This month is about the perils of consultants who, errr, don’t consult, why anyone offering insurance as an “add-on” should be carefully checked, and the scale of the trail of damage they can create.

Welcome back, or if you’re new here sign up to our RSS feed to receive insurance tips, new posts, plus details of events and promotions that could help you or your network reduce the risks facing their organisation.

‘Elf and safety chancers

My hotelier clients are truly wonderful people. Like myself, they ensure that their clients get a good night’s sleep.

One of them called me the other week and asked if their insurance covered them for the new regulations. “I must have missed something… what new regulations?”

It transpired that a Health and Safety consultant had turned up out of the blue, making out they were some sort of official and asked to look around. After lots of tutting, he then told the hotel staff that their boss was going to be jailed if they didn’t sign a contract for three years advice.

Putting the frighteners on (best gravelly voice required)

The fact the hotel already had an up to date and robust Health and Safety policy hadn’t crossed the consultant’s mind. He just wanted to scare people into signing up. It’s why Health and Safety has such a bad name. It’s used to frighten people into parting with their hard earned money instead of protecting people as they go about their day to day life.

Even worse than “the frighteners”, is the fact he included insurance in his offering. This would have been, in part, a duplication of cover that was already in place. What’s wrong with dual insurance, I hear you ask? Well, it causes delays at the very least, because each insurance company will suggest that the other is responsible for settlement, a case of “after you, Claude”.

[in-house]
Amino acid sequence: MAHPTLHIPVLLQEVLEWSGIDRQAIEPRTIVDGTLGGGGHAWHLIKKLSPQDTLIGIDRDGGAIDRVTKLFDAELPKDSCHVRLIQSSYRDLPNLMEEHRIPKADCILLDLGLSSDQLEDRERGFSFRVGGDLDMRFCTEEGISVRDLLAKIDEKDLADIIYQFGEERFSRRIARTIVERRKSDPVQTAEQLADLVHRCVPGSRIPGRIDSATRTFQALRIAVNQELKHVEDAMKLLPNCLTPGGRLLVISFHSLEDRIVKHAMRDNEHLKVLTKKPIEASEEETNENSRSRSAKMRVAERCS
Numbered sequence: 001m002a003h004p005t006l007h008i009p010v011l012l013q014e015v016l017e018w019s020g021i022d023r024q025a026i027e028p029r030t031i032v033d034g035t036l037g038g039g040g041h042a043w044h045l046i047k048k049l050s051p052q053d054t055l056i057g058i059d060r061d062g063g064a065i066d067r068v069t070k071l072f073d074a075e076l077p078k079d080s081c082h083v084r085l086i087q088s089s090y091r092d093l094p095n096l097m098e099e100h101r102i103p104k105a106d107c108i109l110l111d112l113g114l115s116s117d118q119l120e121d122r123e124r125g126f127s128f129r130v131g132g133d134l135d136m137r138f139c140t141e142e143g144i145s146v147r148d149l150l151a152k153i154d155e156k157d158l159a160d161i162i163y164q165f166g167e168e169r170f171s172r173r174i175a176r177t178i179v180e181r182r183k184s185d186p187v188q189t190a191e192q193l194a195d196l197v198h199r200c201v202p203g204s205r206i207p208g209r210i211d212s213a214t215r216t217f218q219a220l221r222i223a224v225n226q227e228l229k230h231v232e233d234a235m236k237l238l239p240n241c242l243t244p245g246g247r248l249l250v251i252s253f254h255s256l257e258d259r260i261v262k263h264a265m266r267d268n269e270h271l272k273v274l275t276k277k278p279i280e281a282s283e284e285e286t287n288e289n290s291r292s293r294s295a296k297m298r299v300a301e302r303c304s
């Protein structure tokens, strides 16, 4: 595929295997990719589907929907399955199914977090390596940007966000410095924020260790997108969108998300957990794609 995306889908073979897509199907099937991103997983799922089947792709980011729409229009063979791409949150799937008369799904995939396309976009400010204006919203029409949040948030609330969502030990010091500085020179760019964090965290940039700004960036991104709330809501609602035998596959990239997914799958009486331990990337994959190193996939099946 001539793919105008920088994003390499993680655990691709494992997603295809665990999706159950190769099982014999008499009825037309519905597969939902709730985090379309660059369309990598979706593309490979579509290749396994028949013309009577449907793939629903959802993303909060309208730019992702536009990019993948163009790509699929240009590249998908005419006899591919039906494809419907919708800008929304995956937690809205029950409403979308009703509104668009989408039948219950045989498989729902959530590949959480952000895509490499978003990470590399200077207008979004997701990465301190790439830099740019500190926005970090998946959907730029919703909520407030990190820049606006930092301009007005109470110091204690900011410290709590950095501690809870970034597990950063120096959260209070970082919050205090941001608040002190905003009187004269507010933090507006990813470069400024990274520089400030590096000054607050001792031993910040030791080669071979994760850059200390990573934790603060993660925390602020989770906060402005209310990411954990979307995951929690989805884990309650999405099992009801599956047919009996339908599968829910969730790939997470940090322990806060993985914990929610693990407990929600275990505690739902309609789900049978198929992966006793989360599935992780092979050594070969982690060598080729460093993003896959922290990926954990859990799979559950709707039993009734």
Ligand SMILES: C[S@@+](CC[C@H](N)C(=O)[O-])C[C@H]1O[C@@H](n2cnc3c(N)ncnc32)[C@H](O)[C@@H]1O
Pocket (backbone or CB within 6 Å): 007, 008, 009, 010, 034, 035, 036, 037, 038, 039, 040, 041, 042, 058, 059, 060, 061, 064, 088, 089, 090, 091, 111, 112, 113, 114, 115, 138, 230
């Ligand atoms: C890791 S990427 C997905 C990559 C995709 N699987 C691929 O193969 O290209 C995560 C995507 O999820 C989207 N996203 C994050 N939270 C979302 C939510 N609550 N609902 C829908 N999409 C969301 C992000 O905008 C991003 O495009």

So who pays – not the con man

In the worst case scenario, it can lead to claims being declined because insurance companies get a bee in their bonnet when they assume that claimants are trying to claim twice. It’s seldom true – people resent the hassle of insurance, never mind paying for it twice. It can lead to policies being cancelled because of something called non – disclosure.

And it doesn’t end there. If someone’s policy is cancelled by an insurance provider then they must inform future insurance providers of the cancelled policy, at the time that they are seeking alternative insurance solutions. Insurance companies can void the claims of those who have an an incidence of non-disclosed cancellation.

If the current insurer decides to increase their policy premiums because they suffered losses elsewhere in their portfolio, you wouldn’t want to be stuck with them forever.

Wrap up: Health and Safety is important, yet should be treated as a way to prevent issues, rather than be used as a stick to beat people with.

Top Tip

Check your health and safety, employment tribunal and other business protection practices do not include duplicated insurance.